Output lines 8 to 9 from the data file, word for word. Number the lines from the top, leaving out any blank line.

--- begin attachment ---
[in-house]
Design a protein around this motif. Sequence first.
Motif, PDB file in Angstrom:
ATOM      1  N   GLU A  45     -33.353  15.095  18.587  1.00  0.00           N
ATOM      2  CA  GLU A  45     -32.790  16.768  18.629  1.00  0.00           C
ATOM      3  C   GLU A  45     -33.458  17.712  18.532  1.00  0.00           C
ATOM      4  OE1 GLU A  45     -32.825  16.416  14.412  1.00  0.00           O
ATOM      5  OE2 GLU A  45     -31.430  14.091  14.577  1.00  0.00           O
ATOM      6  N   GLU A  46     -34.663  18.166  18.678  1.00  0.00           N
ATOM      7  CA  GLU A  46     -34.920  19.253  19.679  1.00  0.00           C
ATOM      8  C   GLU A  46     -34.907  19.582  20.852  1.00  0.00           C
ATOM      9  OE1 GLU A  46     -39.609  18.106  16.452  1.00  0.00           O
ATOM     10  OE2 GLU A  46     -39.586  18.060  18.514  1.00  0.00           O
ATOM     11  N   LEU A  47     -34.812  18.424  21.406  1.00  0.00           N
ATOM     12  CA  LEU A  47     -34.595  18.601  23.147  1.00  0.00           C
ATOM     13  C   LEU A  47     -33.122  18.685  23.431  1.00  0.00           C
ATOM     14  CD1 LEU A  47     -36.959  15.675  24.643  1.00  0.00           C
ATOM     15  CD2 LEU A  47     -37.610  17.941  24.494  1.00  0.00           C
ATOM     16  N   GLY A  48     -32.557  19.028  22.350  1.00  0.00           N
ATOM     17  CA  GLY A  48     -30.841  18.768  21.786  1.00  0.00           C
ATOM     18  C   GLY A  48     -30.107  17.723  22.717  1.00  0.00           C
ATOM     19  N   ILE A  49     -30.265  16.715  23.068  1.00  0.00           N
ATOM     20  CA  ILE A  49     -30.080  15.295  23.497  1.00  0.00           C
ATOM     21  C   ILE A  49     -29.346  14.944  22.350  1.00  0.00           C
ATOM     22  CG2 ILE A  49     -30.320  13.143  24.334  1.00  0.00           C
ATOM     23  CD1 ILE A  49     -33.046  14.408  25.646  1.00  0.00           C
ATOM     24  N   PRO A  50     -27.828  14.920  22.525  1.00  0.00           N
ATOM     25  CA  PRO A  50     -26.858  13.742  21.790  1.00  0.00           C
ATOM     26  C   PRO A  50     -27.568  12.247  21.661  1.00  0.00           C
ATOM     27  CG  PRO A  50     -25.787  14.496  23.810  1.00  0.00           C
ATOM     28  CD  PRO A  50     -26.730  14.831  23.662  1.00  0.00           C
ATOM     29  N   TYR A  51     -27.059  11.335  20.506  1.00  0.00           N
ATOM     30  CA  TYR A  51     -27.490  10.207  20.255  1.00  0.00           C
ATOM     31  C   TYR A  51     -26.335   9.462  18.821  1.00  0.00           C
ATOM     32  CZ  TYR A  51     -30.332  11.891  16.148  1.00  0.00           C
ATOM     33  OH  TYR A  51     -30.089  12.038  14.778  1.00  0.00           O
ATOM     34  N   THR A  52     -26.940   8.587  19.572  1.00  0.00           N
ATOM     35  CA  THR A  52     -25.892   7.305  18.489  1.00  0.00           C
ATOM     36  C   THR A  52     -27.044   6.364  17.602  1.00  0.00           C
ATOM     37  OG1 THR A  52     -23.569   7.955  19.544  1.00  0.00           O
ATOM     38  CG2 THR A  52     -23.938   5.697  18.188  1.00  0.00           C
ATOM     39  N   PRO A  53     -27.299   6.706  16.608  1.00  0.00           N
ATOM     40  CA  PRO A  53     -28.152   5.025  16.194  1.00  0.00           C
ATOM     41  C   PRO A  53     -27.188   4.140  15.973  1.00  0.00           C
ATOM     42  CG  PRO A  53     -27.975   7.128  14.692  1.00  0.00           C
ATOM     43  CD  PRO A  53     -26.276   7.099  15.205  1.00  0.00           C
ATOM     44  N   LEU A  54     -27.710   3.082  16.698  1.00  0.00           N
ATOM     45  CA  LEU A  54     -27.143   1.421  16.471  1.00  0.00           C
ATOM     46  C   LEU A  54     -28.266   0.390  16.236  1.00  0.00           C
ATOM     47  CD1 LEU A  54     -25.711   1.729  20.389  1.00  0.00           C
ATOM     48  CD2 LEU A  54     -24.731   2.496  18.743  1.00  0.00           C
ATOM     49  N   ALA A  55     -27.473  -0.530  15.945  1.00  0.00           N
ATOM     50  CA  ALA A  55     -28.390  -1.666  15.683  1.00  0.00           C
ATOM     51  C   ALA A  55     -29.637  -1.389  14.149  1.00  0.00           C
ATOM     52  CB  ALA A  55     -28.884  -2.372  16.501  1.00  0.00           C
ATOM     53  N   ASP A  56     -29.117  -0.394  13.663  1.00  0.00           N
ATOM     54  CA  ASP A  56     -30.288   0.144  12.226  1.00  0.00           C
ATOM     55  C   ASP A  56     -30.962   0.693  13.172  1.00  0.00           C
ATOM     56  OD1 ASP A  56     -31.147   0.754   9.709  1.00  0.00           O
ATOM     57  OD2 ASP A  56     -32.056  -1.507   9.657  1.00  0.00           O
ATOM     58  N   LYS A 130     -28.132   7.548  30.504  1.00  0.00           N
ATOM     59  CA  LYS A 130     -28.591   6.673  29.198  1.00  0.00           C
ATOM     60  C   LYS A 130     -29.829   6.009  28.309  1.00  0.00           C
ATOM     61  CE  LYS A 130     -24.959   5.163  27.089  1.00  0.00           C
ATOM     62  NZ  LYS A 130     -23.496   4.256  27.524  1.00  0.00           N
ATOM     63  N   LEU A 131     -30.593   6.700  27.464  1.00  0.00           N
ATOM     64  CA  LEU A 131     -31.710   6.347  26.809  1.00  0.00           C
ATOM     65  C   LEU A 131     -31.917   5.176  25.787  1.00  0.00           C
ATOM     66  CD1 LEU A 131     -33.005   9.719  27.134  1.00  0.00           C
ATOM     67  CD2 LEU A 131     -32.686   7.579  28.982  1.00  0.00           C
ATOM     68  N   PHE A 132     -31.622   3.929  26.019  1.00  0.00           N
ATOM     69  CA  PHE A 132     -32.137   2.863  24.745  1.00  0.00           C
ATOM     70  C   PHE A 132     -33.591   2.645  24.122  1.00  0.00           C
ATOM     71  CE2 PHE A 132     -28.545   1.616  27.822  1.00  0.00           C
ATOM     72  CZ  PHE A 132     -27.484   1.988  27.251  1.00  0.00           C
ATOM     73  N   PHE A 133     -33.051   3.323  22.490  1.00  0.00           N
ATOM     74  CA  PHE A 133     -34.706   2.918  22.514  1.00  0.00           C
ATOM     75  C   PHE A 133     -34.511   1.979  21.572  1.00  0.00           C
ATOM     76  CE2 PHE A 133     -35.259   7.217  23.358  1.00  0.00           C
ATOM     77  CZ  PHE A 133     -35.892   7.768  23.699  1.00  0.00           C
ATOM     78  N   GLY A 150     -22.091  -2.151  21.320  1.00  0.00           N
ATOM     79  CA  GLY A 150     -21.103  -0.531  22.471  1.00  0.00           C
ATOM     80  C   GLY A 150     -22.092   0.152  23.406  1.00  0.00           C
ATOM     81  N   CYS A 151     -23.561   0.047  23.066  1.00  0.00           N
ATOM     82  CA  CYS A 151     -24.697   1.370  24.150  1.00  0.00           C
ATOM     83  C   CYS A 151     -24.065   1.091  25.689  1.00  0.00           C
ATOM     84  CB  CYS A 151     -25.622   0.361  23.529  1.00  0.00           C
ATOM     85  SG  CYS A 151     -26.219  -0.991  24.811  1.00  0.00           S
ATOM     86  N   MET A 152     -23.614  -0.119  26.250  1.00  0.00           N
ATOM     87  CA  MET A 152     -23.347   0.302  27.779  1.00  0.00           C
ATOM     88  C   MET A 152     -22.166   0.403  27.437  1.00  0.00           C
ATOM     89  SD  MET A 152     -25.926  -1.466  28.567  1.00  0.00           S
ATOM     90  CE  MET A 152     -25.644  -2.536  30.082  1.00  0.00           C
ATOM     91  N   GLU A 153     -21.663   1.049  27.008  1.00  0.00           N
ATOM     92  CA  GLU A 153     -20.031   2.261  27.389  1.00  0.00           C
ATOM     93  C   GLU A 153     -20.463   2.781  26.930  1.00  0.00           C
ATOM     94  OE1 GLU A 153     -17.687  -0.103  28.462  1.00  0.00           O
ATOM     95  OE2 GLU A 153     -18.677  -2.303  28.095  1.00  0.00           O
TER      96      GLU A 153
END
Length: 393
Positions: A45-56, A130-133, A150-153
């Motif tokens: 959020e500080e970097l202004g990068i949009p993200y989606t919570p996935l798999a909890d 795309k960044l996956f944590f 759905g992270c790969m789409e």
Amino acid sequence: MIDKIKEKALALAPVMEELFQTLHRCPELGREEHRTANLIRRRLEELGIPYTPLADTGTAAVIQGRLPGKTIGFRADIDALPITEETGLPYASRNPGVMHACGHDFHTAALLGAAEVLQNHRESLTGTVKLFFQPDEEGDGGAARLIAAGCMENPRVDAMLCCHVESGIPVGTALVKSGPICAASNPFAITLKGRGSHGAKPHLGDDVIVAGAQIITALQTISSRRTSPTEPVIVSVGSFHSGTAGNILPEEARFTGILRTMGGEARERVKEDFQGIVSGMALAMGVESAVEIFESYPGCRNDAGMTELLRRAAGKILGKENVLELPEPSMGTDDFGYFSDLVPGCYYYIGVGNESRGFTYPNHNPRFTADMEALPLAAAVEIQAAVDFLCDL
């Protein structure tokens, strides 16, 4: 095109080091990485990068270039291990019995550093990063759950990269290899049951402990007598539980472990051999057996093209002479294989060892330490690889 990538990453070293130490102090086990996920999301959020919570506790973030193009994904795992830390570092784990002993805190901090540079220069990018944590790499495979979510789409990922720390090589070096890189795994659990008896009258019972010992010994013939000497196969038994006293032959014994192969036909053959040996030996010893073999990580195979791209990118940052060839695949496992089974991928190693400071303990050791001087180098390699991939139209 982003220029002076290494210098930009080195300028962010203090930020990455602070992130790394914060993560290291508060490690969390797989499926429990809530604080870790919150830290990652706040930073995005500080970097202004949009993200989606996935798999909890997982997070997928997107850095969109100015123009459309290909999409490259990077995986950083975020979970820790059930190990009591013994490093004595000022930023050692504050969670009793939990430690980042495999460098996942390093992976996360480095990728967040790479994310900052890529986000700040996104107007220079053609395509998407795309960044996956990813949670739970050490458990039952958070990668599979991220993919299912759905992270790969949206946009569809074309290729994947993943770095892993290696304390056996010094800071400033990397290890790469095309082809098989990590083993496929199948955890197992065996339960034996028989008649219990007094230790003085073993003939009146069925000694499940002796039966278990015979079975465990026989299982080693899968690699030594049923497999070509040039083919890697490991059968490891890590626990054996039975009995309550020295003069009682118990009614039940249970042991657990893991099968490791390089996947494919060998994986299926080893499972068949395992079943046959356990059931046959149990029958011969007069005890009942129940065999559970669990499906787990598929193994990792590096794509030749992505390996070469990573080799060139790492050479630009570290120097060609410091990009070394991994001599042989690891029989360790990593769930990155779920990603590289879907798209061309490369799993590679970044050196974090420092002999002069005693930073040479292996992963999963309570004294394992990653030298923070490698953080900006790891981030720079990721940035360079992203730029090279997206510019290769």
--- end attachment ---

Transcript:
ATOM      5  OE2 GLU A  45     -31.430  14.091  14.577  1.00  0.00           O
ATOM      6  N   GLU A  46     -34.663  18.166  18.678  1.00  0.00           N